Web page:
Patients 


Parents 
of Male 
Patients 


Parents 

of Female 

Patients 




M. 


F. 


T. 

4 

4 
1 
1 

2 

34 
1 
9 
2 
1 

6 
29 
7 
1 
1 
12 
2 

19 
2 

10 
2 
1 


M 

54 

2 

1 
1 
1 
31 
1 
7 
1 

2 
5 
31 
8 
1 

7 
2 

13 
2 
6 


F. 


T. 


M. 


F. 


T. 




12 

2 

1 
1 

18 
1 
6 
1 

5 

13 
5 
1 

6 
2 

13 

3 


82 

2 
1 

1 

16 

3 
1 
1 

1 
16 

2 

1 
6 

6 

2 
7 
2 
1 


51 

2 

1 
1 
1 
29 
1 
8 
1 

2 

5 

32 

8 

1 

7 
2 

13 
2 

6 


105 

4 

2 
2 
2 

60 
2 

15 
2 

4 
10 
63 
16 

2 

14 
4 

26 

4 
12 


30 
2 

1 

26 

4 
1 
1 

4 
1 

41 
2 

1 
•6 

1 
8 
2 
7 
2 
1 


33 
2 

1 

24 

4 
1 
1 
3 
1 
42 
2 

1 

7 

7 
1 
7 
2 
1 


63 




4 












2 








50 








8 




2 




2 




7 




2 




83 


Italy 


4 








2 




13 








1 




15 




3 




14 




4 




2 








78 
1 


69 
2 


147 
3 


122 
15 


122 


244 


111 
12 


107 
13 


218 




18 33 


25 






Grand Totals 


191 


153 


344 


191 


191 


382 


153 


153 


306 







Tablb 5. — Citizenship of First Admissions. 



Citizens by birth 

Citizens by naturalization 

Aliens 

Citizens unascertained . . . 

Totals 



112 

27 

47 

5 



191 



153 



194 

41 

101 



344 



P.D. 28 



Table 6. — Psychoses of First Admissions. 



25 



Psychoses 



13. 



Traumatic 

Senile, total 

Simple deterioration 

Presbyophrenic type 

Delirious and confused types 

Paranoid types 

Pre-senile type 

Unclassified 

With cerebral arteriosclerosis 

General paralysis 

With cerebral syphilis 

With Huntington's chorea 

With brain tumor 

With other brain or nervous diseases .... 

Multiple sclerosis 

Tabes dcrsalis 

Encephalitis lsthargica 

Frederick's ataxia 

Undetermined 

Alcoholic, total 

Rorsakow's psychosis 

Acute hallucinosis 

Acute paranoid 

Chronic hallucinosis 

Due to drugs and other exogenous toxins 

Morphine 

With pellagra 

With other somatic diseases, total 

Cardio vascular renal 

Hypothyrorid 

Pulmonary 

Gall bladder 

General syphilis 

Manic-depressive, total 

Manic type 

Depressive type 

Mixed type 

Involution melancholia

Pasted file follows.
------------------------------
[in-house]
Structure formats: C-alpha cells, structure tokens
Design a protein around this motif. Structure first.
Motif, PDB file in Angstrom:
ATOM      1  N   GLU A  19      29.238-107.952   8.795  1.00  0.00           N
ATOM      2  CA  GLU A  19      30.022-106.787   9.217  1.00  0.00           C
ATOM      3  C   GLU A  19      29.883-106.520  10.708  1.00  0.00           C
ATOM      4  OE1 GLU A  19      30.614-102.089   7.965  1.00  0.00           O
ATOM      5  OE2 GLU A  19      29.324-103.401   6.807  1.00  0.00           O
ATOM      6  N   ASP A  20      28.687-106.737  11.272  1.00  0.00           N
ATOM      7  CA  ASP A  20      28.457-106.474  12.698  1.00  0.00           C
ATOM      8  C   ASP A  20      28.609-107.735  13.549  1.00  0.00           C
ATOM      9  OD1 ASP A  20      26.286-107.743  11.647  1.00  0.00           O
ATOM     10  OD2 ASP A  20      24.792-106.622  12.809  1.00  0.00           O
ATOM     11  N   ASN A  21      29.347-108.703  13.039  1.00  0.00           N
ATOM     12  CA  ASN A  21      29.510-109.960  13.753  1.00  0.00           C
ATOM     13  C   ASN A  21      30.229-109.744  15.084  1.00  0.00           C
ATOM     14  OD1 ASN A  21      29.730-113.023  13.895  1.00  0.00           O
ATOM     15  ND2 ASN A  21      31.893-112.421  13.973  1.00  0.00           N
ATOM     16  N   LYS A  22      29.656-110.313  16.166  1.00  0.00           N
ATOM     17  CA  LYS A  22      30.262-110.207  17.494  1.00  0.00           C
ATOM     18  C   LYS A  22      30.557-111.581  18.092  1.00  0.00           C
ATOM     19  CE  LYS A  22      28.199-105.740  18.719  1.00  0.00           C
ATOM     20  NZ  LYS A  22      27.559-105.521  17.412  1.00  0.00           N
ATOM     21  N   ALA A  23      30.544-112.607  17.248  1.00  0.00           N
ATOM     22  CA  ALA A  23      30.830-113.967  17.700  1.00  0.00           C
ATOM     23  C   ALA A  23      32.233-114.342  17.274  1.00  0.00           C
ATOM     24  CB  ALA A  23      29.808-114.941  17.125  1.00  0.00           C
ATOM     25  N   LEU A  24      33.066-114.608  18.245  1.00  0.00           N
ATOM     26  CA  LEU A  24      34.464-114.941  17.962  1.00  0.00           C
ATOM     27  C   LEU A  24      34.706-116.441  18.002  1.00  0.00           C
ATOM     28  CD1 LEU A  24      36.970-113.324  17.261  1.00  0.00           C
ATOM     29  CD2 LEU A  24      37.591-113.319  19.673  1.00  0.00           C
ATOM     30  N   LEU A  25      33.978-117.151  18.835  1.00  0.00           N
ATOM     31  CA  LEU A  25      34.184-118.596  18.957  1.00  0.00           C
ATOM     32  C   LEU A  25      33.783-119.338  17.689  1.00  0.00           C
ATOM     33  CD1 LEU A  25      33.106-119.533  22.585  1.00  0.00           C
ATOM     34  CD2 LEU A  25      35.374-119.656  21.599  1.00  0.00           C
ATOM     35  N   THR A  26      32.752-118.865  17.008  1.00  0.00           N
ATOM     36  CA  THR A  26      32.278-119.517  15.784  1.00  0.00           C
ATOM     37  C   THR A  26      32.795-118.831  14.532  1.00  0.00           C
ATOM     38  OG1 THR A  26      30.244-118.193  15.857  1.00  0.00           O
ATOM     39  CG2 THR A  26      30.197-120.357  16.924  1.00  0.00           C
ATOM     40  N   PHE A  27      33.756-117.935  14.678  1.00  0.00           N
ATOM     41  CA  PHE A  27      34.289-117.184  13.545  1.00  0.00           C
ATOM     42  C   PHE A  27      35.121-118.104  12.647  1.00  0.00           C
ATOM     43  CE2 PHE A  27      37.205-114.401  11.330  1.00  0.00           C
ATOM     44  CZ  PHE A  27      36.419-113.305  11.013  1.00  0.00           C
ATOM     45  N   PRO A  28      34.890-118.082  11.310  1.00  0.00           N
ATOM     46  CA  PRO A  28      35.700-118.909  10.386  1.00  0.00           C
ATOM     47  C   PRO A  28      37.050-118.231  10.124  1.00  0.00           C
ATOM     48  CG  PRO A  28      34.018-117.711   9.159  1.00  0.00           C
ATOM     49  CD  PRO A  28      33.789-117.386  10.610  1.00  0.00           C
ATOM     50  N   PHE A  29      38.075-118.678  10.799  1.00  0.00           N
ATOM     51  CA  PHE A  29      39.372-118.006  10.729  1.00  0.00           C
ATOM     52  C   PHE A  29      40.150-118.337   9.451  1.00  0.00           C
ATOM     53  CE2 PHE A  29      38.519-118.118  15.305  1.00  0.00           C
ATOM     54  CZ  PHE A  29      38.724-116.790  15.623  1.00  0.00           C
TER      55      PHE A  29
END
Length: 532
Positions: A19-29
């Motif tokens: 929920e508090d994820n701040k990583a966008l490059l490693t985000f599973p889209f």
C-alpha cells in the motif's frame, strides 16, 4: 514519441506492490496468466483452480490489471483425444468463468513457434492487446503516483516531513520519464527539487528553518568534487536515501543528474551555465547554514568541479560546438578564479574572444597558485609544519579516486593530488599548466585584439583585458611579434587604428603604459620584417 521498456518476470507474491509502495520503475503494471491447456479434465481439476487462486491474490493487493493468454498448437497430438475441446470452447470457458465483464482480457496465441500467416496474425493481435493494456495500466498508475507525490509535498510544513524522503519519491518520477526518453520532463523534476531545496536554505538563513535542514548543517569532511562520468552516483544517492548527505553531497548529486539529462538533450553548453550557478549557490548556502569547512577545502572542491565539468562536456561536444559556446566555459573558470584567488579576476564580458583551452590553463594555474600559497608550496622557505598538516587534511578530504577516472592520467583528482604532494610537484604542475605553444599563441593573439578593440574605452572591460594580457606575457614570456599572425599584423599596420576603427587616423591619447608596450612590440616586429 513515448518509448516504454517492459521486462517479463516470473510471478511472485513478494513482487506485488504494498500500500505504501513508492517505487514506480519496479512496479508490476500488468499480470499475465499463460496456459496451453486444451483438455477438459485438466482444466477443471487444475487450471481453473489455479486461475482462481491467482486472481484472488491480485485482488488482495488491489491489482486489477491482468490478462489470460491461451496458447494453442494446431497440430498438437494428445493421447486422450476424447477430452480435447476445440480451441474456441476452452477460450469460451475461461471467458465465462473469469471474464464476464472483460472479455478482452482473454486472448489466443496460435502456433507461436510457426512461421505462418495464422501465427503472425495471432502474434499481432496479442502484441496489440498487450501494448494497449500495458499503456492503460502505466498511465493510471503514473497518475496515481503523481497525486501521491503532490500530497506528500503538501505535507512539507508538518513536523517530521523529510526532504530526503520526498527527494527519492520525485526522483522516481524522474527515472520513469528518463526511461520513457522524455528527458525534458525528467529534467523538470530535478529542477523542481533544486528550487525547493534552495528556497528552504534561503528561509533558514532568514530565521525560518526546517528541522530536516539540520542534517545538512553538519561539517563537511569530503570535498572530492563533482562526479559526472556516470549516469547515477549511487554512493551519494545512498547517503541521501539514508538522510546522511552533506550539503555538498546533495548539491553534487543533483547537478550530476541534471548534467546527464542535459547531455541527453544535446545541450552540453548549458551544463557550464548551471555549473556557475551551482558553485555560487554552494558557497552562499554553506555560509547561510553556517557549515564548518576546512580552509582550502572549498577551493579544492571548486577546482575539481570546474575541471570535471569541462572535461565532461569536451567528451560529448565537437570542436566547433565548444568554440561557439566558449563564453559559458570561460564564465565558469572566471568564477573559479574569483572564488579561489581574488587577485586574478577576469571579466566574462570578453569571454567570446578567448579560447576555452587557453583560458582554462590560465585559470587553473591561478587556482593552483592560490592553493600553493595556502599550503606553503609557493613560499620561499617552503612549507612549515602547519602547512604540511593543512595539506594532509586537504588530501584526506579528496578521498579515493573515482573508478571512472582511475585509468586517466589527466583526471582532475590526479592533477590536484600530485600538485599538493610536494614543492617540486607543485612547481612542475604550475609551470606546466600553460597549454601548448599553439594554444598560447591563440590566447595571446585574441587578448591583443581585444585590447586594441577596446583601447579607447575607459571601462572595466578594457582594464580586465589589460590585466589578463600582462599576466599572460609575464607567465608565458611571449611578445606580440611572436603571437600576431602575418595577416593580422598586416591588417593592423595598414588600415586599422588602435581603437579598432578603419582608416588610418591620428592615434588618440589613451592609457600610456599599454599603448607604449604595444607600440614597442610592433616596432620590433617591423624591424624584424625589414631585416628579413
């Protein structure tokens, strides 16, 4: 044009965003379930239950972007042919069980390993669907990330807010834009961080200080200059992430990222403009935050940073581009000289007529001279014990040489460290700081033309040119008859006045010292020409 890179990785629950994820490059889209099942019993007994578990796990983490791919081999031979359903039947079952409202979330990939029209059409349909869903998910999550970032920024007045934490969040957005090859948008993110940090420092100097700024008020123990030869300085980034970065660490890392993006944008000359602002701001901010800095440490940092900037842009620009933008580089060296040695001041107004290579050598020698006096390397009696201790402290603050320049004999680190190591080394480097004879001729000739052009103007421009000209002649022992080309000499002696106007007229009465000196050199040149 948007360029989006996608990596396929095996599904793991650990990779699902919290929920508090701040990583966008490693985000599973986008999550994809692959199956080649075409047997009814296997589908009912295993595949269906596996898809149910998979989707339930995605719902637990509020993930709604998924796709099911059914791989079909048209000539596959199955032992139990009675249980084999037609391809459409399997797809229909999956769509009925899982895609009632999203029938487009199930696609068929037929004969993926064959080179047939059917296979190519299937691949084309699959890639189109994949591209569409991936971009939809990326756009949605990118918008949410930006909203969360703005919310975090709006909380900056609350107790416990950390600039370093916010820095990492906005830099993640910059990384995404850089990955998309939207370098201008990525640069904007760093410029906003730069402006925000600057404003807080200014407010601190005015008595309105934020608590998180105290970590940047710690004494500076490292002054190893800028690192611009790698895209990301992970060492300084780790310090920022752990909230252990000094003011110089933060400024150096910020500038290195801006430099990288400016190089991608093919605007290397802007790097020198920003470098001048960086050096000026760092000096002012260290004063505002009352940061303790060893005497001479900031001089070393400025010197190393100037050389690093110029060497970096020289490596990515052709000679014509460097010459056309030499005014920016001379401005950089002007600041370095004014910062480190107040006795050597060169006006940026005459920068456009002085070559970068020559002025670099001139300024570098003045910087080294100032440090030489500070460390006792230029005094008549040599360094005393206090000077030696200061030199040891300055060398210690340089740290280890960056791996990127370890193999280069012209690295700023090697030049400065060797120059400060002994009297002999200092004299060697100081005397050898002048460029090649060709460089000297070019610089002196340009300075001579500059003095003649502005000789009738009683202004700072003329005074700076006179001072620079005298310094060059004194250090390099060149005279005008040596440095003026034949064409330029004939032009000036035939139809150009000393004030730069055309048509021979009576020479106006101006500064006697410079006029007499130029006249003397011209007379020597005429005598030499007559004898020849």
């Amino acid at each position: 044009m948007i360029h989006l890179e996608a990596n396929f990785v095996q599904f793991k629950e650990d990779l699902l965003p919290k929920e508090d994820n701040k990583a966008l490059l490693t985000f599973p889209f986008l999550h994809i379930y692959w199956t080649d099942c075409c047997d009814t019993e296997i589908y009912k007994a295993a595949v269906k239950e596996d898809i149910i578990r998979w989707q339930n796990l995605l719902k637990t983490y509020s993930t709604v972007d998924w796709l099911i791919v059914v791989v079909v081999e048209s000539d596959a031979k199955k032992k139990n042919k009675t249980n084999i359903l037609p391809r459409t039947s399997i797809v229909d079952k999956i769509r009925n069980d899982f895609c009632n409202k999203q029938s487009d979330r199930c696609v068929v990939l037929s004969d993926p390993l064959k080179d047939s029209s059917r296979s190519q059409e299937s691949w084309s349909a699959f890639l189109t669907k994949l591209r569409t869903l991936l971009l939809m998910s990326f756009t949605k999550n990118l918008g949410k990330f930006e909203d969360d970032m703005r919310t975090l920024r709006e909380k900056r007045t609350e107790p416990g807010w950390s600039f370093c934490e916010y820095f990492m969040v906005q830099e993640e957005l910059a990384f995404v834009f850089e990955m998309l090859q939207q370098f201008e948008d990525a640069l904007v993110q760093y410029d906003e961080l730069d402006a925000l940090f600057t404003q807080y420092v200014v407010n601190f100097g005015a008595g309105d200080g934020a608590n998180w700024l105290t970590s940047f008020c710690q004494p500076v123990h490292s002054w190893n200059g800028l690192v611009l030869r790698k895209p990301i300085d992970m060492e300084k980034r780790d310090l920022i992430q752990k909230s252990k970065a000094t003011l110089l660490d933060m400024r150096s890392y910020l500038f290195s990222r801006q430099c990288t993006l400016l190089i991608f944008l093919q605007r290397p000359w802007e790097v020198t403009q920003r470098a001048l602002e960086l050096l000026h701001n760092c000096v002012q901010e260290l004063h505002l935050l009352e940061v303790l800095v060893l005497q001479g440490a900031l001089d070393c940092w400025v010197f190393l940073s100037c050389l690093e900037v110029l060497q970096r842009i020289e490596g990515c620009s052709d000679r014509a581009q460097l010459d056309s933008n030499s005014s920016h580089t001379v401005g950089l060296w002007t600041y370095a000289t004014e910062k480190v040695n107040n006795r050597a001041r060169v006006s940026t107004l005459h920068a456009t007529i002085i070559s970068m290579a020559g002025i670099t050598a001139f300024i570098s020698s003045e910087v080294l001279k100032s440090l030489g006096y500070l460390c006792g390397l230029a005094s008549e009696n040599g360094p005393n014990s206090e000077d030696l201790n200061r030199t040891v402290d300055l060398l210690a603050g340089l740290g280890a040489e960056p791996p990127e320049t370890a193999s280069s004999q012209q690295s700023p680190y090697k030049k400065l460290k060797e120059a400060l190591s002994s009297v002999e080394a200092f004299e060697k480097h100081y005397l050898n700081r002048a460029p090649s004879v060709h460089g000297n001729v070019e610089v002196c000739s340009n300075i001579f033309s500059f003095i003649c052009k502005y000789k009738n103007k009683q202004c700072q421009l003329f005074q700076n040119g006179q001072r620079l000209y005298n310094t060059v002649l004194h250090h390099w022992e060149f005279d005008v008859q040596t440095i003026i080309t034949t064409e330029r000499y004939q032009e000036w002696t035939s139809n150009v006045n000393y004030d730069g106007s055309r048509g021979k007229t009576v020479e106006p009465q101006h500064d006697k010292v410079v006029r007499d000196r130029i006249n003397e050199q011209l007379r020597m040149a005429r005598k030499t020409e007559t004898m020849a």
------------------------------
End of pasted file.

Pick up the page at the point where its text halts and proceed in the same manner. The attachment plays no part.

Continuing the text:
Dementia praecox, total. 

Paranoid type 

Katatonic type 

Hebephrenic type 

Simple type 

Mixed type 

Unclassified 

Paranoia or paranoid conditions 

Epileptic, total 

Epiletpic deterioration 

Psychoneuroses and neuroses, total 

Psychasthenic type 

With psychopathic personality 

With mental deficiency 

Undiagnosed 

Without psychosis, total 

Alcoholism 

Psychopathic personality 

Mental deficiency 

Totals 



M. 



F. 



20 
3 
2 
2 
3 

16 



26 

7 

11 

7 
3 

21 



M 



3 
21 



26 

14 

2 

1 

1 



5 
38 



4 
5 

22 
2 



26 



P.D. 28 



Table 7. — Race of First Admissions classified with Reference to Principal 
Psychoses — Continued. 



Race 


Manic- 
Depressive 


Involution 
Melan- 
cholia 


Dementia 
Praecox 


Paranoia 

or Paranoid 

Condition 


Epileptic 
Psychoses 




M. 


F. 


T. 


.M 

1 
1 


F. 


T. 


M. 


F. 


T. 


M. 

1 
1 

1 

1 

2 
1 


F. 


T. 


M. 


F. 


T. 


African (black) 


4 
1 

4 
9 


3 
1 

1 
1 

4 
1 


7 
1 

1 
2 

8 
1 

20 


1 
1 

3 


1 
1 

3 

1 

4 
10 


1 

1 

1 
4 
2 
4 
3 
3 
2 
1 

1 
2 
1 
2 

9 
1 


1 

1 
1 

1 
7 

2 
9 

1 

1 

5 
1 
1 
6 


2 
1 
2 

11 
2 
4 
5 

12 
2 
1 
1 
1 
3 
1 
7 
1 
1 

15 
1 


1 

4 
1 

1 
2 


2 
1 

5 

1 
1 

1 

4 
1 


2 

1 
3 


1 




English 


- 


French 

Greek 


- 


Irish 


3 










Portuguese 


- 


Scotch 

Slavonic 

Turkish 


- 






Mixed 

Race unascertained 


1 


Total 


11 


5 


5 


38 


37 


75 


7 


9 


16 


1 


4 



Table 7. — Race of First Admissions classified with Reference to Prinicpal 
Psychoses — Concluded. 



Race 


Psycho- 
neuroses 

and 
Neuroses 


With 
Psycho- 
pathic 
Pep.sonality 


With 

Mental 
Deficiency 


Undiag- 
nosed 
Psychoses 


Without 
Psychoses 














M. 


F. 


T. 


M. 


F. 

- 

1 
1 


T. 

- 
2 

2 

1 

5 


M. 

1 
1 

1 
o 


F. 

1 

2 
1 

4 


T. 

2 
1 

1 

4 
1 

9 


M. 

2 

6 
1 

2 
2 

2 
22 


F. 

1 

1 

4 

1 
2 

4 

2 
2 

17 


T. 

1 
1 

6 

1 

2 

10 

1 

2 

4 

9 
2 

39 


M. 

2 

i 
2 


F. 

1 
1 

2 


T. 


African (black) 

Armenian 


1 

1 
2 


: 


: 

i 

i 

2 


2 
1 

1 
4 


- 














Greek 

Hebrew 

Irish 

Italian 

Lithuanian 

Portuguese 

Scandinvian 


1 






Turkish 










2 


Race unascertained . . . 
Total 


1 

4 







P.D. 28 



27 



Table 7. — Race of First Admissions classified with Reference to Principal 
Psychoses — Continued. 



Race 


Manic-